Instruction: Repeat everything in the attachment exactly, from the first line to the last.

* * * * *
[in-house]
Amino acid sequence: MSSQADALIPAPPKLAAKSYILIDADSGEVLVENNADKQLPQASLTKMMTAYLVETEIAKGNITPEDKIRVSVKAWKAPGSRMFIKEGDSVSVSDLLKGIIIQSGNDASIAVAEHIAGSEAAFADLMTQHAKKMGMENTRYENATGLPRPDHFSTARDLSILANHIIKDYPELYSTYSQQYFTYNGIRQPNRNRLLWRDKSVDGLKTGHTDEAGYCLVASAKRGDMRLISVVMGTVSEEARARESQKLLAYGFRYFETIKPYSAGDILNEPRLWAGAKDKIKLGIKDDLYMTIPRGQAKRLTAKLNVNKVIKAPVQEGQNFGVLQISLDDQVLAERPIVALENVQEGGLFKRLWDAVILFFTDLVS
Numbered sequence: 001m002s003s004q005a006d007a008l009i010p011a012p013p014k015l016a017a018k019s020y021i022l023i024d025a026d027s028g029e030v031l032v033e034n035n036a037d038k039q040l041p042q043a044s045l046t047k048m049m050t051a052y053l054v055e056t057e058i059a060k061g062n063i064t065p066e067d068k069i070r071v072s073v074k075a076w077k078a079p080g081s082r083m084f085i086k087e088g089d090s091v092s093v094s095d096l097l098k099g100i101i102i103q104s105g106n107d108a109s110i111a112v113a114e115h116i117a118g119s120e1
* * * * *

[in-house]
Amino acid sequence: MSSQADALIPAPPKLAAKSYILIDADSGEVLVENNADKQLPQASLTKMMTAYLVETEIAKGNITPEDKIRVSVKAWKAPGSRMFIKEGDSVSVSDLLKGIIIQSGNDASIAVAEHIAGSEAAFADLMTQHAKKMGMENTRYENATGLPRPDHFSTARDLSILANHIIKDYPELYSTYSQQYFTYNGIRQPNRNRLLWRDKSVDGLKTGHTDEAGYCLVASAKRGDMRLISVVMGTVSEEARARESQKLLAYGFRYFETIKPYSAGDILNEPRLWAGAKDKIKLGIKDDLYMTIPRGQAKRLTAKLNVNKVIKAPVQEGQNFGVLQISLDDQVLAERPIVALENVQEGGLFKRLWDAVILFFTDLVS
Numbered sequence: 001m002s003s004q005a006d007a008l009i010p011a012p013p014k015l016a017a018k019s020y021i022l023i024d025a026d027s028g029e030v031l032v033e034n035n036a037d038k039q040l041p042q043a044s045l046t047k048m049m050t051a052y053l054v055e056t057e058i059a060k061g062n063i064t065p066e067d068k069i070r071v072s073v074k075a076w077k078a079p080g081s082r083m084f085i086k087e088g089d090s091v092s093v094s095d096l097l098k099g100i101i102i103q104s105g106n107d108a109s110i111a112v113a114e115h116i117a118g119s120e1